The Washington Post has been teasing data out from the 2010 US Religion Census (N.B., not part of the US Government’s census), showing the state of religious affiliation and participation in America. The map above indicates religious participation by county; the redder the county, the higher percentage of its residents go to religious services. The Post has lots of great maps, including interactive ones, so please click through if you’re interested. Two surprises (to me) from the map above: 1) despite the stereotypes of laissez-faire Catholicism and hard-shell Southern Baptist piety, the Cajun Catholic parishes have a higher overall rate of religious participation than the Southern Baptist parishes of north Louisiana; and 2) despite the overall national weakness of the Evangelical Lutheran Church of America, the ELCA heartland — the upper Midwest — has one of the highest participation rates in the country.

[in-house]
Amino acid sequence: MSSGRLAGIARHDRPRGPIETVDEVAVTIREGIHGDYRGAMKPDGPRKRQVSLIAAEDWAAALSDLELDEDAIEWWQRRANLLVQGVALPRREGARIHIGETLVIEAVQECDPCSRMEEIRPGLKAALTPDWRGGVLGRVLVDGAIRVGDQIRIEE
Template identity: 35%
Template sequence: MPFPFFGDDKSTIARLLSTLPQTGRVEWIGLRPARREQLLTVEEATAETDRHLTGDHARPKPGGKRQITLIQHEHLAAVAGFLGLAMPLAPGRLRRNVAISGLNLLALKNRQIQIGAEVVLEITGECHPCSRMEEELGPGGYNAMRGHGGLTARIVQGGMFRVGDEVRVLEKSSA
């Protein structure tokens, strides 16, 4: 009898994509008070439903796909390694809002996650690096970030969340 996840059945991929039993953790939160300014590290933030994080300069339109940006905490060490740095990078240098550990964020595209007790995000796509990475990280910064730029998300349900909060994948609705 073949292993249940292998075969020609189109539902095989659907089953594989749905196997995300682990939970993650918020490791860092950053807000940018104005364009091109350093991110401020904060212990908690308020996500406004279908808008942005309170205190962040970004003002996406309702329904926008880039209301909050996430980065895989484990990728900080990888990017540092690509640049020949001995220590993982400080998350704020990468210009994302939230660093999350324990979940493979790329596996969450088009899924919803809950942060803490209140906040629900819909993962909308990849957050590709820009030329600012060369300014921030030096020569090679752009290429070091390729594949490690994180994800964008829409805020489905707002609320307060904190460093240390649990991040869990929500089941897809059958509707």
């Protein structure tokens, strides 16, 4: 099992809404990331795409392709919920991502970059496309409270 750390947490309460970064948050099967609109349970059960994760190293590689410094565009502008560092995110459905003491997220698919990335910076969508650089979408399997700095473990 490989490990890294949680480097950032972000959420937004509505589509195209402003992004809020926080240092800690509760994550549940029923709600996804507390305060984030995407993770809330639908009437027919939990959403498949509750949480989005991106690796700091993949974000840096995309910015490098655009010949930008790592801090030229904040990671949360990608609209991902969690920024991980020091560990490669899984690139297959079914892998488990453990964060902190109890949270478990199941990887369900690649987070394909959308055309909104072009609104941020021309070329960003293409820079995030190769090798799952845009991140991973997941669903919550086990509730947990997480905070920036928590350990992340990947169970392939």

Again, click through to the Washington Post for an interactive map. But the redder the colour, the more “participants” there are – meaning people who identify with a particular religion. I just checked the Boston area and it’s about 60 per cent, falling sharply in neighbouring counties. So 40 per cent of people in Boston have no religion at all, and it’s more than half in many counties. As for the 47 per cent of Bostonians who are Catholic “participants” – well, there isn’t much participation going on come Sunday morning. We’re talking about 17 per cent Mass attendance these days – and it was only 20 per cent before the clergy scandals broke. The story is the same in many other supposedly Catholic cities – fewer than one in five Catholics go to church regularly. Compare that to the 70 per cent in the 1950s (itself much higher than in the 19th century.)
Let’s put this simply: America is secularising just like Europe – and all that talk of “American exceptionalism”, the free market in religion that kept it thriving, has turned out to be hogwash. We can discuss why on another occasion. But some of us saw this coming a long time ago. And, please, don’t kid yourself that Pope Francis, wonderful man that he is, can do more than add a percentage point here or there.
That statement — “hogwash” — may be overbroad. But the trend really is hard to deny. And it’s having — and will continue to have — profound effects in law and public policy.